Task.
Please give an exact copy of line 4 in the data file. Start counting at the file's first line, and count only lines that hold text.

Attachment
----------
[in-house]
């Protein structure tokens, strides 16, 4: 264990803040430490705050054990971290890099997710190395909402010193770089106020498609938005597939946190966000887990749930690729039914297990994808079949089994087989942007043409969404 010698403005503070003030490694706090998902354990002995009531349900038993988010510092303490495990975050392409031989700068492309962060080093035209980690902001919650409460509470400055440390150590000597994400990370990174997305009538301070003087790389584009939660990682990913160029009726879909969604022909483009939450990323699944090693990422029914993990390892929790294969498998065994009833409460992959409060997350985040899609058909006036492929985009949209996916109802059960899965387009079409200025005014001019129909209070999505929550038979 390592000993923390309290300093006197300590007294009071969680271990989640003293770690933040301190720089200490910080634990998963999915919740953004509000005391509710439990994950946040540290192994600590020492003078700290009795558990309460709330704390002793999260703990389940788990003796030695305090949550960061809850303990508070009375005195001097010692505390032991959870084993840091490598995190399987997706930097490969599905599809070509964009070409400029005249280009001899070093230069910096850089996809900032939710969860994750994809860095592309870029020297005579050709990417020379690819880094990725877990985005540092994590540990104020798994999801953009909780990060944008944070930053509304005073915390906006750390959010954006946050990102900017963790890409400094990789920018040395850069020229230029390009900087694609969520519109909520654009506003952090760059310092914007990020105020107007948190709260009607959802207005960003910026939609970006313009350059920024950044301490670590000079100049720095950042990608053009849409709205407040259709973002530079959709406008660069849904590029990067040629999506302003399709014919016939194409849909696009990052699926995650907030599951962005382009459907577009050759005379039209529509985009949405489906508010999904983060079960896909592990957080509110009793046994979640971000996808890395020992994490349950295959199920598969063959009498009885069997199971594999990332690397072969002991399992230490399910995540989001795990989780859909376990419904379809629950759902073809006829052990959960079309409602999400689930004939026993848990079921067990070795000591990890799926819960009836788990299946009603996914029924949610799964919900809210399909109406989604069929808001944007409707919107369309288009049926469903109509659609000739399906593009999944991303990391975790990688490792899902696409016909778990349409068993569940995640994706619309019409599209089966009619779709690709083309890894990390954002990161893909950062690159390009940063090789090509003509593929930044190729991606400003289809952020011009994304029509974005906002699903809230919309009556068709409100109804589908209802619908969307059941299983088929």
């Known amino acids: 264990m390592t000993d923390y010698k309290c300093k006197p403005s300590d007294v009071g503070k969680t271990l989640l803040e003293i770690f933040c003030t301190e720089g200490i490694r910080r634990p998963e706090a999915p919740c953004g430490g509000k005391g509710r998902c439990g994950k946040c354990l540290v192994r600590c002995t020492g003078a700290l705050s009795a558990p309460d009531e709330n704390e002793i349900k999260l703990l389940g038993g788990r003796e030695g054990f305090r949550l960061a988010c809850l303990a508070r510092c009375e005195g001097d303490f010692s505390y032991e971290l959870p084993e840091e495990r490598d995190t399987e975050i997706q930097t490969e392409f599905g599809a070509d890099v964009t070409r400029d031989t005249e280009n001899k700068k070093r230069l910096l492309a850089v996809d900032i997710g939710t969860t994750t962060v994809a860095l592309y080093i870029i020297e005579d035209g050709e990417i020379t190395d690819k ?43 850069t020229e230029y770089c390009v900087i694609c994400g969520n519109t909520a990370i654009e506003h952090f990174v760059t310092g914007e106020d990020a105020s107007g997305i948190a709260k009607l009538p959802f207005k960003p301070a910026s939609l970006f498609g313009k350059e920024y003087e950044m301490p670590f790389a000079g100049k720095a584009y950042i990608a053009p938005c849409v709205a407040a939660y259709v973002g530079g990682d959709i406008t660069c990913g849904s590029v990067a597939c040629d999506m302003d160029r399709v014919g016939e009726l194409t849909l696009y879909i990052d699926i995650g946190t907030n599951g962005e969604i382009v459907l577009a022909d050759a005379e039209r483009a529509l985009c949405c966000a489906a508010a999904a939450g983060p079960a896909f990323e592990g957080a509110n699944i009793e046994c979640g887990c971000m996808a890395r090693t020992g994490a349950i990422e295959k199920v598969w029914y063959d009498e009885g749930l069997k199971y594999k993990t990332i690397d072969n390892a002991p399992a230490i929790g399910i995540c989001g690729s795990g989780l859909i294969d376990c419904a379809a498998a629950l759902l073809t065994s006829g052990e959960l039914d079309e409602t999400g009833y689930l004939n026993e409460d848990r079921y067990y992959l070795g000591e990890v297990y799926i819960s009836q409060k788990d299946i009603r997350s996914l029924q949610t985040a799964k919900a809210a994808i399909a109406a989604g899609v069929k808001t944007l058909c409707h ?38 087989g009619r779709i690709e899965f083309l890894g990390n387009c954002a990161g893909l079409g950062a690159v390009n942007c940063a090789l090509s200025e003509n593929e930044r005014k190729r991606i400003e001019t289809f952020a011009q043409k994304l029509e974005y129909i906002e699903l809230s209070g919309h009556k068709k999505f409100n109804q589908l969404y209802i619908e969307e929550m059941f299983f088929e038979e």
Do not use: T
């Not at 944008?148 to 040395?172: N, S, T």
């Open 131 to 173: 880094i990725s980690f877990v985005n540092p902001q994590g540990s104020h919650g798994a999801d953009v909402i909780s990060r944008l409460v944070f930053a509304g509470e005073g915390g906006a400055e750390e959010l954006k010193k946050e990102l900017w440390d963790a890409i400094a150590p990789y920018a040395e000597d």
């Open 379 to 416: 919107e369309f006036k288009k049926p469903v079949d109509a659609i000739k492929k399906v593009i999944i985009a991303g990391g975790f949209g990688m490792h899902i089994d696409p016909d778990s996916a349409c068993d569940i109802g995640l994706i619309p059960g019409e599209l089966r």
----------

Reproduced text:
Do not use: T